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Boston Marathon comes to McMinnville

Anne Hunter Myers, left, comes through the finish line made by her friends Monday.

When Anne Hunter Myers couldn’t go to Boston, she and her friends and family brought the Boston Marathon to McMinnville.

On Labor Day, Myers completed the virtual Boston Marathon, doing a 26.2-mile run from Vervilla Road and through Westwood. She did the whole run with her friend Sarah Hoover and was able to complete the trek in front of friends and family.

“My daughter Mary, who was born on Patriot’s Day 2010, got to see me run a marathon for the first time,” said Myers. “My twins, George and Catherine, handed me water and yelled for us at some many points. Ben, my husband, drove them around so they could see the run unfold. Zach Sutton, my friend and therapist, accompanied the Myers cheer squad and danced. And our friends Emily Stefanick, Noah Stefanick and Jen Miller constructed a balloon arch for the finish.

“It was extremely endearing and I will never forget this year’s race and all the things everyone did to make it special.”

Myers has spent years planning her schedule around Boston Marathon qualifying so she can compete against the best runners in the world. It’s a grueling process, consisting of months of waking up at 4:30 a.m. to run. On the weekends, Myers completes her longest runs, usually accompanied by one day off for the week.

“As a mother of three children with a full-time job, training does not happen by accident. It is a challenge to qualify every time and I never take it for granted,” said Myers.

Myers and Hoover had their sights set on a holiday weekend in Boston this year, but COVID-19 concerns caused the race to be changed to a virtual contest. The Boston Marathon averages over 30,000 runners most years, with runners having to submit multiple marathon times to even earn a bid.

Myers took it hard when the race was switched to a virtual competition, but her friends and family made it an amazing experience.

“When we in the running community found out that the Boston Marathon would be a virtual event, it was crushing. I have always described the Boston Marathon as runners’ Christmas, but this year would be different. We were not going to have the trip to the big city. We were not going to have the cheering crowds assembled to watch the historic race and observe Patriots' Day. It would just be us lacing up our shoes in small groups, but doing the thing we loved to do,” said Myers.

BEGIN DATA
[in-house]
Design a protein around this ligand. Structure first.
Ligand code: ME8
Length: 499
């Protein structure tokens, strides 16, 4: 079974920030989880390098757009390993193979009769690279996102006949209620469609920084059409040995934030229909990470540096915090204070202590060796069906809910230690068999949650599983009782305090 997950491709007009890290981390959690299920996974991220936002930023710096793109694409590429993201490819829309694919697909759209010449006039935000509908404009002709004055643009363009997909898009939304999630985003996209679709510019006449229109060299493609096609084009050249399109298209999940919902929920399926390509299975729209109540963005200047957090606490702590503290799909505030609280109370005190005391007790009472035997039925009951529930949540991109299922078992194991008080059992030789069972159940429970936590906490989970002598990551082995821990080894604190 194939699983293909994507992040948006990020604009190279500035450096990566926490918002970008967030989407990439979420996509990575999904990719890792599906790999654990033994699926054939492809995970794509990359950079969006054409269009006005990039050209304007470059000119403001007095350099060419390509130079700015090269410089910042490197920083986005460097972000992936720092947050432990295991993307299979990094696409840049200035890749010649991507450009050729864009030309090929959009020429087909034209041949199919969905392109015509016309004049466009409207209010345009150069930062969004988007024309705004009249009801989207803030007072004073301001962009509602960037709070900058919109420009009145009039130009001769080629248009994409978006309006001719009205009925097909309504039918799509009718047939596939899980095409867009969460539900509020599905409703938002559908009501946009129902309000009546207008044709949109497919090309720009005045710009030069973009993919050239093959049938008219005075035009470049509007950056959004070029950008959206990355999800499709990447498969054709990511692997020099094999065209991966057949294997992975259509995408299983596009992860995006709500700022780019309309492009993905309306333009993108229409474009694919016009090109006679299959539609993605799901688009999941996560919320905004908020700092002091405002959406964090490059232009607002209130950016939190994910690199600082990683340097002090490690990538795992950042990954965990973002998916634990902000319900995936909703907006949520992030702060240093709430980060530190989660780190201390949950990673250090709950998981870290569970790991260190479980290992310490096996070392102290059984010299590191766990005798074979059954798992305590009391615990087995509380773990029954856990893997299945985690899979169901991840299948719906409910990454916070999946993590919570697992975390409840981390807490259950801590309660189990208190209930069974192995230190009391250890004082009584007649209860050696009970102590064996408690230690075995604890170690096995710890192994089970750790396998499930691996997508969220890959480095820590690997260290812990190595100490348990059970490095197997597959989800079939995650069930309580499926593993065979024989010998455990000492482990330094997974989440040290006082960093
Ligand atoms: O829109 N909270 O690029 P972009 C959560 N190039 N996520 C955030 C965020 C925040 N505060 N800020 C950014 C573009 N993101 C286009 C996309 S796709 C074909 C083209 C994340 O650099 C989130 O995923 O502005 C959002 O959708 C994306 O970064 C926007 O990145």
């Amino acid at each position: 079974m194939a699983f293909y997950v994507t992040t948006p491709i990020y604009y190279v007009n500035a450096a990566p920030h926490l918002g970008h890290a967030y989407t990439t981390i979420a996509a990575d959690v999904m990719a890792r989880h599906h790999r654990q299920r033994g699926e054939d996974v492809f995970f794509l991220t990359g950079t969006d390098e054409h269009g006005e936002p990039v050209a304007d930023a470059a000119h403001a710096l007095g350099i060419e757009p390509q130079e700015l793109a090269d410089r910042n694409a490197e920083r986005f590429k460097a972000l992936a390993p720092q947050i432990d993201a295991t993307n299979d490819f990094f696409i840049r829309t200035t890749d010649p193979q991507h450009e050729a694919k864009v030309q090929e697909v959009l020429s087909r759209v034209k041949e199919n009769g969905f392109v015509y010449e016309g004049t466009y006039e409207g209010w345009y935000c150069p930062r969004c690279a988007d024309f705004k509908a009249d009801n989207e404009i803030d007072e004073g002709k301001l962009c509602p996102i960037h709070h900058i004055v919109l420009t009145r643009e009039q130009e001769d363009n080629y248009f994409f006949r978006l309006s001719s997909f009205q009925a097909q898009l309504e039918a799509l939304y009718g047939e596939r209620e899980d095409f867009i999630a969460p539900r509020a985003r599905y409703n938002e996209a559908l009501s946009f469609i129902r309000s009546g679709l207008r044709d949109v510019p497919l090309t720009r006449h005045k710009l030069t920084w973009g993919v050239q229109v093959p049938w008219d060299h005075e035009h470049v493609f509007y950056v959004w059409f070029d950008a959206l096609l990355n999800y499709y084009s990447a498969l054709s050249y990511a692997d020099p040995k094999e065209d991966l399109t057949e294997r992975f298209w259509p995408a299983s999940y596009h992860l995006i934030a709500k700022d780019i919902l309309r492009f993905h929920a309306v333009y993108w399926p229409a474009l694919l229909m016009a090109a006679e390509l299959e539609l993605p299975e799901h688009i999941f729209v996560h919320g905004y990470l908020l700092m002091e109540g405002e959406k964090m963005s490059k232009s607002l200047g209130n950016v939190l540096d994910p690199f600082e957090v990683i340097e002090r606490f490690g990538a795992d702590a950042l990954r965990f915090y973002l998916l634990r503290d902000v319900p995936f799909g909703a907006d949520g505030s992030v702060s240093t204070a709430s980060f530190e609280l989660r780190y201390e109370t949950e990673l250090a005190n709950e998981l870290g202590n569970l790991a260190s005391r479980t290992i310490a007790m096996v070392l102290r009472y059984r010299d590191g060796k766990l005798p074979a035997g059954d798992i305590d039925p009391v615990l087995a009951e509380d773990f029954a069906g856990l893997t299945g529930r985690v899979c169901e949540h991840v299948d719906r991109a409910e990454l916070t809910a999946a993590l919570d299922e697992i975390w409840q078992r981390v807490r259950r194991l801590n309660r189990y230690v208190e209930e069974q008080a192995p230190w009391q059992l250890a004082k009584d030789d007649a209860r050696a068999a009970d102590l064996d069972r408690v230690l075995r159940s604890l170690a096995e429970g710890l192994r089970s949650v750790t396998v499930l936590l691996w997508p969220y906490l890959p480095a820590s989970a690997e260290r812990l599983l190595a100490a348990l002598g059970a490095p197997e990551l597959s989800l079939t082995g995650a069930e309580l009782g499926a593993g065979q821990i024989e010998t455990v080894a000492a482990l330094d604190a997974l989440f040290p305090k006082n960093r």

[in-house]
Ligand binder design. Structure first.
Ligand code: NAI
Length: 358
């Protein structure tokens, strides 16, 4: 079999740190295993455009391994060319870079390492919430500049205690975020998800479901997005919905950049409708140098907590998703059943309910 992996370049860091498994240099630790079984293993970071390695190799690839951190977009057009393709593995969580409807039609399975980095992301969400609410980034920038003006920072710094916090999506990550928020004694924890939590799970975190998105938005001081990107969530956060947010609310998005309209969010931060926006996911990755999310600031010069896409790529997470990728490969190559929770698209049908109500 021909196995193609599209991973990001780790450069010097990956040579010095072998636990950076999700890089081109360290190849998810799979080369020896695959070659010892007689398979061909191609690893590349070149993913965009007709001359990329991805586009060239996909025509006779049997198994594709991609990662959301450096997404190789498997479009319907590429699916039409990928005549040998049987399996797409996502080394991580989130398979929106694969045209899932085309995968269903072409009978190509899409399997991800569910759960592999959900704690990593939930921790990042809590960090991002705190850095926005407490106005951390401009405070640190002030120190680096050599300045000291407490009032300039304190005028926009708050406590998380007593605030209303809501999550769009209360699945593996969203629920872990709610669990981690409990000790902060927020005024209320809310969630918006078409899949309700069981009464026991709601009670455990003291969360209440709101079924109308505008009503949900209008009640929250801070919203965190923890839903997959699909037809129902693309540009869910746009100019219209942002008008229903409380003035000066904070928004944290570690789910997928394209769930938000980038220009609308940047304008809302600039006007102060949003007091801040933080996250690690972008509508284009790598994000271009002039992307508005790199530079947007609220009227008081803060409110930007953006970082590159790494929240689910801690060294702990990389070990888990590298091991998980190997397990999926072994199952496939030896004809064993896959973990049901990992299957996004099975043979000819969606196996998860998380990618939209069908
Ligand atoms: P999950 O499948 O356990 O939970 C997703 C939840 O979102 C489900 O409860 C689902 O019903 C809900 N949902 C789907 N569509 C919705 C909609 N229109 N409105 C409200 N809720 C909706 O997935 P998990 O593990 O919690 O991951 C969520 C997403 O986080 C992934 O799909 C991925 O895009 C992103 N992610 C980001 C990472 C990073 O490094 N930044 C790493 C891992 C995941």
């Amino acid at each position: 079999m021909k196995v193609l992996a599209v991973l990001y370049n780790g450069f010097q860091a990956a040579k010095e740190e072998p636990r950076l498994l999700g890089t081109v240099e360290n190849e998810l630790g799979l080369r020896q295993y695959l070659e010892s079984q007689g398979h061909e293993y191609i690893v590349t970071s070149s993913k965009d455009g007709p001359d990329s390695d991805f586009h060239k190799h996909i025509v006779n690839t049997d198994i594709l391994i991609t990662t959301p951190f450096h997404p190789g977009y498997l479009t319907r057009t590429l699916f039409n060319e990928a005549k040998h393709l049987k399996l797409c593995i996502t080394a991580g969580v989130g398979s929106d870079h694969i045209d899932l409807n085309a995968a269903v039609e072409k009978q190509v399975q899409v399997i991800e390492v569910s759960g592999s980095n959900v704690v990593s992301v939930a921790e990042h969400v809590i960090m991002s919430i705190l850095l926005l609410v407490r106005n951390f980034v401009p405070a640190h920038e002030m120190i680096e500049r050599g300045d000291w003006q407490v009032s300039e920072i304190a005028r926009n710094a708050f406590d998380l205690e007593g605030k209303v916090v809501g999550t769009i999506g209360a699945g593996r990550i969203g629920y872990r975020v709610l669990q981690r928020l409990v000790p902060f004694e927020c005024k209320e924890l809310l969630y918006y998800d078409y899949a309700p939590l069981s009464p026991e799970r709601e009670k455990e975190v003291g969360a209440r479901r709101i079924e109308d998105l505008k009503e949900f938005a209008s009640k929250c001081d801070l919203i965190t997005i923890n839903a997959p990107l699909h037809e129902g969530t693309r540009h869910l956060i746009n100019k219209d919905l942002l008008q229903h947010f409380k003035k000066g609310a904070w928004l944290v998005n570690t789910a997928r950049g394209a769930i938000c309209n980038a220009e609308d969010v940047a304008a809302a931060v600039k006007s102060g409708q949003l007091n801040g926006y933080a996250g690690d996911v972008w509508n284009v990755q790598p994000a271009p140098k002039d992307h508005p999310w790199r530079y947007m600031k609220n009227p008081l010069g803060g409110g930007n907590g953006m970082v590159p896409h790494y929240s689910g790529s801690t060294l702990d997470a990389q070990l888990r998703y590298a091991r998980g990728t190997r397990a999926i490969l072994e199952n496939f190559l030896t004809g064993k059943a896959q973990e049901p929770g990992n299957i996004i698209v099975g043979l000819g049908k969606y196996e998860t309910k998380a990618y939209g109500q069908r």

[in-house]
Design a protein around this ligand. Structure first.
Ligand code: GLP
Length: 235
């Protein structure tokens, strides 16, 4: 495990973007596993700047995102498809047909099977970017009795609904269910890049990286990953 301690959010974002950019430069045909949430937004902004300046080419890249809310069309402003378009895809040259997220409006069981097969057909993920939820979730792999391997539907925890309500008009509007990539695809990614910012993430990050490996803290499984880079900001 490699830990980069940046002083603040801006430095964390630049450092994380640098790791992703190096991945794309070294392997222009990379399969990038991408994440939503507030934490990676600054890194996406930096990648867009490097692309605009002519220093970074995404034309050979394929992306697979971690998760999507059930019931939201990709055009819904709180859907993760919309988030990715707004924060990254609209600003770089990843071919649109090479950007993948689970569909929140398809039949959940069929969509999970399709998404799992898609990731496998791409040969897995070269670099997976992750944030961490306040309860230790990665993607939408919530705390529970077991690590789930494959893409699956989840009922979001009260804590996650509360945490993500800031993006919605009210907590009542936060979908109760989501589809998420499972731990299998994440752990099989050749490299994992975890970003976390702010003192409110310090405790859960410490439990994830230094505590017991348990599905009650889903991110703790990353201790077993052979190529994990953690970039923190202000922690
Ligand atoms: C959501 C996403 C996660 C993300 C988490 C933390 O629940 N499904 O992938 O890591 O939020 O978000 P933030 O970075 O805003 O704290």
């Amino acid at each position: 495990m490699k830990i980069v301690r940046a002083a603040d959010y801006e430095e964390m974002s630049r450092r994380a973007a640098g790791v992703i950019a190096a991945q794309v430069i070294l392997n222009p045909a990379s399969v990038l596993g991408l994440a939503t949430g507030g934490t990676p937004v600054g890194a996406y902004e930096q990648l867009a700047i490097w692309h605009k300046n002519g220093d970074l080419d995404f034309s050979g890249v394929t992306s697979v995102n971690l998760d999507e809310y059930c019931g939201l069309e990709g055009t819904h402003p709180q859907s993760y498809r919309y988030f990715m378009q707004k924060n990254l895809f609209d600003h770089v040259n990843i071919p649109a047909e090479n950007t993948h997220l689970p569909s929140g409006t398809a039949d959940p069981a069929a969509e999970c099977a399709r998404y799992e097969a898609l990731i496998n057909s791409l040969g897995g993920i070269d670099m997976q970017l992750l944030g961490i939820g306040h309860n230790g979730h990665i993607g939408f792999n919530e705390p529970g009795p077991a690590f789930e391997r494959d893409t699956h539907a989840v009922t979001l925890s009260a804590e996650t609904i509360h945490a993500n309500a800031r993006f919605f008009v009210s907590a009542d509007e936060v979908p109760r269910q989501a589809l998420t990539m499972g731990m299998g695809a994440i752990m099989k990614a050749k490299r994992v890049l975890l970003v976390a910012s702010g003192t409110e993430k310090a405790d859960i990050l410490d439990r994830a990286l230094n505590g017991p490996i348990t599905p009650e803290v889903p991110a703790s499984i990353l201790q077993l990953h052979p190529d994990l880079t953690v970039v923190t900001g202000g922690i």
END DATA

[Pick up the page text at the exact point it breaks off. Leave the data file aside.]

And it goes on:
When she began pounding out miles on the streets of McMinnville, Myers realized it was still going to be a special thing.

“I hope to compete again in Boston, but I feel happy, proud and grateful to have completed Boston here in McMinnville with my good friend Sarah,” said Myers.

Myers ran as part of the MR8 team and the Martin Richard Foundation. Martin Richard was the young victim in the 2013 bombings and his family established the foundation to promote peace and community engagement.

Myers and Sarah Hoover chat following Monday's marathon.

“This group was incredibly inspiring and helpful as we trained for the delayed and eventually virtual version of this year’s marathon. We have supported each other, continued to raise funds and found purpose for our training. Our runners’ Christmas turned into an opportunity to help others and carry on without the promise of a big city finale,” said Myers.

Boston, McMinnville, the moon – it seems like Myers would run anywhere if given the opportunity.

“Being a runner is an extension of who I am. It helps me handle stress, stay healthy and stay goal oriented. It helps me bring my best to my family and students. It helps me handle setbacks and provides a chance to focus. Besides my incredible family and friend group, running is one of the greatest gifts of my life,” said Myers.

More inspiring stories of runners of the Boston Marathon can be found at the event’s website at Myers has read many, finding the same kind of passion for the sport she has daily.

“It is really exciting to know so many are united in this effort to experience the Boston Marathon collectively, even if we can not be together. It speaks to the love runners have for this race and the passion motivating runners to train independently for this beloved event,” said Myers. “This is obviously a huge love affair I have with this race and this sport.”

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